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Understanding and Analysis: The California Air Resources Board Forest Offset Protocol / by Eric Marland, Grant Domke, Jason Hoyle, Gregg Marland, Laurel Bates, Alex Helms, Benjamin Jones, Tamara Kowalczyk, Tatyana B. Ruseva, Celina Szymanski

By: Contributor(s): Resource type: Ressourcentyp: Buch (Online)Book (Online)Language: English Series: SpringerBriefs in Environmental Science | SpringerLink Bücher | Springer eBook Collection Earth and Environmental SciencePublisher: Cham : Springer, 2017Description: Online-Ressource (XIV, 72 p. 3 illus., 2 illus. in color, online resource)ISBN:
  • 9783319524344
Subject(s): Additional physical formats: 9783319524337 | Druckausg.: 978-3-319-52433-7 | Printed edition: 9783319524337 LOC classification:
  • TD881-890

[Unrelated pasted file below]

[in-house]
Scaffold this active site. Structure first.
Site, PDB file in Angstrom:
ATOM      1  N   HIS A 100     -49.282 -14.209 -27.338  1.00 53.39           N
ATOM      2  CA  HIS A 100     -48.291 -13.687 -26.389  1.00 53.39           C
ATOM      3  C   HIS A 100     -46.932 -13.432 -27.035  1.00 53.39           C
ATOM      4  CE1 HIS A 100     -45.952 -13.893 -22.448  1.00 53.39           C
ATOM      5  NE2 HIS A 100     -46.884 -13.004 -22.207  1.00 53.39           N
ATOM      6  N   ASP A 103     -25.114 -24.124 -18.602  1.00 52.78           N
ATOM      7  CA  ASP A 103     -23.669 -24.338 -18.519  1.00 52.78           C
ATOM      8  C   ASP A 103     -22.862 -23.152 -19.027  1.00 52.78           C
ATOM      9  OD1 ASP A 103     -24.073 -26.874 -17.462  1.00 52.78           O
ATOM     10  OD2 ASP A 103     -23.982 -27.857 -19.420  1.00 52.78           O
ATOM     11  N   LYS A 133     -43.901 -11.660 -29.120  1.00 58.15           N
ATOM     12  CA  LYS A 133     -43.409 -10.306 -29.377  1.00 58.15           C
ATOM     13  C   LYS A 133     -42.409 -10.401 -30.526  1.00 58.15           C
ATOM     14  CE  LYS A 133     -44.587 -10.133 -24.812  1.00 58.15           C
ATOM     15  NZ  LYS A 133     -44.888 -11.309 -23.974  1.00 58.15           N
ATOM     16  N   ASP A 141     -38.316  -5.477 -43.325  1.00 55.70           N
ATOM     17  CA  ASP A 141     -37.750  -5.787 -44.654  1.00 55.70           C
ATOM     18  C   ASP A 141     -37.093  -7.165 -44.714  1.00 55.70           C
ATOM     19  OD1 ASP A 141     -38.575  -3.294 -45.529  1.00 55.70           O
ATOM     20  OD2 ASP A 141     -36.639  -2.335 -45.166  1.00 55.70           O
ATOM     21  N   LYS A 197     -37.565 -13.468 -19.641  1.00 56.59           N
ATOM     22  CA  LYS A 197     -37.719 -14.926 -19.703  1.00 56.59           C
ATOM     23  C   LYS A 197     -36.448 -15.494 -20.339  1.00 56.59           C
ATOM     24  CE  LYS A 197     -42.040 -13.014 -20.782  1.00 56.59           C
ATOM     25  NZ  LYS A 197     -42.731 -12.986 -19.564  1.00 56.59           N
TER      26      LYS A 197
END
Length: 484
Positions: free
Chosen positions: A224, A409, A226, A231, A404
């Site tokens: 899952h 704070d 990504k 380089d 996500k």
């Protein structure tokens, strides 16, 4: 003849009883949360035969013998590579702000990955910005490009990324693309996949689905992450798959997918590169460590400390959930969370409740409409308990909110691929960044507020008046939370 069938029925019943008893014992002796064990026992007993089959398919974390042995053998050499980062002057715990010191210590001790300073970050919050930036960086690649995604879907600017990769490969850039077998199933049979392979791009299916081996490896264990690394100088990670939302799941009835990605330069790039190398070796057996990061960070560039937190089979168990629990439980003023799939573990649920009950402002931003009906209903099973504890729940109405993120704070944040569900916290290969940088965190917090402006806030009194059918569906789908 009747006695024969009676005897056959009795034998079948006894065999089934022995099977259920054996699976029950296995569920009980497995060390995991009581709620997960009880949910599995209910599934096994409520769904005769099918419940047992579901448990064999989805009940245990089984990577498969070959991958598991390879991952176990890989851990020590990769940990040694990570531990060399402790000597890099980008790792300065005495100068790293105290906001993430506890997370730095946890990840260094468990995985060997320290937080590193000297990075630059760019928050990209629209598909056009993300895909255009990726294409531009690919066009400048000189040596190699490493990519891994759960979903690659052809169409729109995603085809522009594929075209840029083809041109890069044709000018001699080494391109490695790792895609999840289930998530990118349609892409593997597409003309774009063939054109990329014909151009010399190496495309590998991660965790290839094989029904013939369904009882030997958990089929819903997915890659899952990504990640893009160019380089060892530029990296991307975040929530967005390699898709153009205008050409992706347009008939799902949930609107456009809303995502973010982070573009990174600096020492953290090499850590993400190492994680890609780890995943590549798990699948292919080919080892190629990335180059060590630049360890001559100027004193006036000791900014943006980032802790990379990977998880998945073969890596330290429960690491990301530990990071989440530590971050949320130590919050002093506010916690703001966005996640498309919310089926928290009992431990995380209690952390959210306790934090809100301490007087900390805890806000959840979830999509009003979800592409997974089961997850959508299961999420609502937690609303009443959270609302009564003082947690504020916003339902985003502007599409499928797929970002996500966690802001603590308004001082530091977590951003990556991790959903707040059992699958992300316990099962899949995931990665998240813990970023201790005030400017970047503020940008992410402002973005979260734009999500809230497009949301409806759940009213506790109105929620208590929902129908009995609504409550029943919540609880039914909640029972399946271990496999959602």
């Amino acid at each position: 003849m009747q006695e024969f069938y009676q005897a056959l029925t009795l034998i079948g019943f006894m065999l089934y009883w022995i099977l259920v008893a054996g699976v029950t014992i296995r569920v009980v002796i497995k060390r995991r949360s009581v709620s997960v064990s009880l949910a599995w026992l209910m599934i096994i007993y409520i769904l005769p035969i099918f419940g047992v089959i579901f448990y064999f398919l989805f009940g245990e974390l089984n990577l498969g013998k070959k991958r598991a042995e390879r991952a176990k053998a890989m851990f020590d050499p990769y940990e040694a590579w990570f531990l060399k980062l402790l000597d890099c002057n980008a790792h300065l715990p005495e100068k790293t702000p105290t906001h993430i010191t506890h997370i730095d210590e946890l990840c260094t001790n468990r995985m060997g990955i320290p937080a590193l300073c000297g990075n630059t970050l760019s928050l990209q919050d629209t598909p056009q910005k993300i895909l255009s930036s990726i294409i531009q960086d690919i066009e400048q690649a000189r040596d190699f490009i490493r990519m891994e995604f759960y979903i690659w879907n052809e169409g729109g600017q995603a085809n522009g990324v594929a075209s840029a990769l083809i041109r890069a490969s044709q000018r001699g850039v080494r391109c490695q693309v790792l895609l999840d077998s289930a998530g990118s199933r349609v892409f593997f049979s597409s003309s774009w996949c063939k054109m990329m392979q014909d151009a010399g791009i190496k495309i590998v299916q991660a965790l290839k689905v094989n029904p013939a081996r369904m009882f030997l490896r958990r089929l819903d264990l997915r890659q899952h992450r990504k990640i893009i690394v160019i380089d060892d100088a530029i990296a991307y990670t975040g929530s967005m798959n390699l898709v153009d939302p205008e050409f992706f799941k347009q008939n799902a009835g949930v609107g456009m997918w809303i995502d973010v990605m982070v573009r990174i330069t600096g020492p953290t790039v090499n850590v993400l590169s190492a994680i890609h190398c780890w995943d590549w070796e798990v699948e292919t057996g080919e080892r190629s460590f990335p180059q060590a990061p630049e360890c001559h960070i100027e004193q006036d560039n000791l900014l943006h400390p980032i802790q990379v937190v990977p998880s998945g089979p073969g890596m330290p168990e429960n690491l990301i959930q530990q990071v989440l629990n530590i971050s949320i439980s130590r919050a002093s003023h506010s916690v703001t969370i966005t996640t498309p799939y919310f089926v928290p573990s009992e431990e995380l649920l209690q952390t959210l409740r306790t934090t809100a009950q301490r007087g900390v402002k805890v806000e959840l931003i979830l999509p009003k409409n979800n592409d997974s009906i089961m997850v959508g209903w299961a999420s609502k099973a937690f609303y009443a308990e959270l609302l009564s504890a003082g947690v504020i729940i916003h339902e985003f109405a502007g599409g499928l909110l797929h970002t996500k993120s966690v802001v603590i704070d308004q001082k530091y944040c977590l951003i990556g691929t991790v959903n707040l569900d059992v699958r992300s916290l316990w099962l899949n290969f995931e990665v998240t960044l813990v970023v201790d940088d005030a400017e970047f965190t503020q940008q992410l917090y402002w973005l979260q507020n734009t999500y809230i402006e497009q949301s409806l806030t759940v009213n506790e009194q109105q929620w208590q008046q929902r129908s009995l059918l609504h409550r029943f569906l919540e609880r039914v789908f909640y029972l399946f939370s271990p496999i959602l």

DOI: DOI: 10.1007/978-3-319-52434-4Online resources: Summary: This book is a product of the initial phase of a broader study evaluating the voluntary and regulatory compliance protocols that are used to account for the contributions of forests in U.S.-based greenhouse gas (GHG) mitigation programs. The research presented here is particularly concerned with these protocols’ use of the USDA Forest Service’s Forest Inventory and Analysis (FIA) data to describe forest conditions, ownership, and management scenarios, and is oriented towards providing regulators and other interested parties with an objective comparison of the options, uncertainties, and opportunities available to offset GHG emissions through forest management. Chapters focus on the protocols for recognizing forest carbon offsets in the California carbon cap-and-trade program, as described in the Compliance Offset Protocol; U.S. Forest Projects (California Air Resources Board, 2011). Readers will discover the protocols used for quantifying the offset of GHG emissions through forest-related project activity. As such, its scope includes a review of the current methods used in voluntary and compliance forest protocols, an evaluation of the metrics used to assign baselines and determine additionality in the forest offset protocols, an examination of key quantitative and qualitative components and assumptions, and a discussion of opportunities for modifying forest offset protocols, in light of the rapidly changing GHG-related policy and regulatory environment. Finally, the report also discusses accounting and policy issues that create potential barriers to participation in the California cap-and-trade program, and overall programmatic additionality in addressing the needs of a mitigation strategySummary: This book is a product of the initial phase of a broader study evaluating the voluntary and regulatory compliance protocols that are used to account for the contributions of forests in U.S.-based greenhouse gas (GHG) mitigation programs. Theresearch presented hereis particularly concerned with these protocols' use of the USDA Forest Service's Forest Inventory and Analysis (FIA) data to describe forest conditions, ownership, and management scenarios, and is oriented towards providing regulators and other interested parties with an objective comparison of the options, uncertainties, and opportunities available to offset GHG emissions through forest management. Chapters focus on the protocols for recognizing forest carbon offsets in the California carbon cap-and-trade program, as described in the Compliance Offset Protocol; U.S. Forest Projects (California Air Resources Board, 2011).Readers will discover the protocols used for quantifying the offset of GHG emissions through forest-related project activity. As such, its scope includes a review of the current methods used in voluntary and compliance forest protocols, an evaluation of the metrics used to assign baselines and determine additionality in the forest offset protocols, an examination of key quantitative and qualitative components and assumptions, and a discussion of opportunities for modifying forest offset protocols, in light of the rapidly changing GHG-related policy and regulatory environment.Finally, the report also discusses accounting and policy issues that create potential barriers to participation in the California cap-and-trade program, and overall programmatic additionality in addressing the needs of a mitigation strategy. Laurel Bates Laurel Bates graduated with a degree in mathematics from Appalachian State in 2016. She currently works as an economist at RTI International in Durham, NC. Grant Domke Grant Domke has leadership responsibilities for forest carbon estimation and accounting within the Forest Inventory and Analysis program of the USDA Forest Service. This program is responsible for reporting on greenhouse gas emissions and removals in the forest land category as part of the United States' commitment to the United Nations Framework Convention on Climate Change. Alex Helms Alex Helms holds an MS from Appalachian State University in Accounting. His work is focused on environmental accounting and is particularly interested in equivalency and timing. Jason Hoyle Jason Holye is a research analyst for the Appalachian Energy Center. Hoyle has over 10 years' experience developing both renewable energy and carbon offset projects. He also created and currently serves as Editor of the North Carolina Economic Developer's Guide to the Renewable Energy Industries. Benjamin Jones Benjamin Jones receives his BS in Mathematics in 2017 from Appalachian State University. He has focused on statistical methods and on programming and developing packages for R. Tammy Kowalczyk Tammy Kowalczyk is a professor in the Department of Accounting in the Walker College of Business at Appalachian State University. She specializes in financial and sustainability accounting and is the Sustainability Outreach Fellow for the university. Eric Marland Eric Marland is a professor in the Department of Mathematical Sciences at Appalachian State University. Following graduate work in theoretical biology at the University of Utah and postdoctoral work at the Institute for Theoretical Dynamics at the University of California at Davis, he has worked on issues related to carbon accounting and uncertainty for 14 years. Gregg Marland Gregg Marland has been a Research Professor in the Research Institute for Environment, Energy, and Economics at Appalachian State University for 5 years. Prior to that he was a Distinguished Research and Development Staff Member at Oak Ridge National Laboratory. He has been involved in carbon accounting and the analysis of forest carbon offsets for 40 years. Tatyana Ruseva Tatyana B. Ruseva (PhD Indiana University) is an Assistant Professor in the Department of Government Justice Studies at Appalachian State University. Her work is in the area of environmental policy and natural resource governance. Celina Szymanski Holding an MS in Political Science from Appalachian State University, Celina Szymanski has served as managing editor of PS: Political Science Politics, one of the AmericanPolitical Science Association's flagship journals,since 2015.PPN: PPN: 1657566420Package identifier: Produktsigel: ZDB-2-EES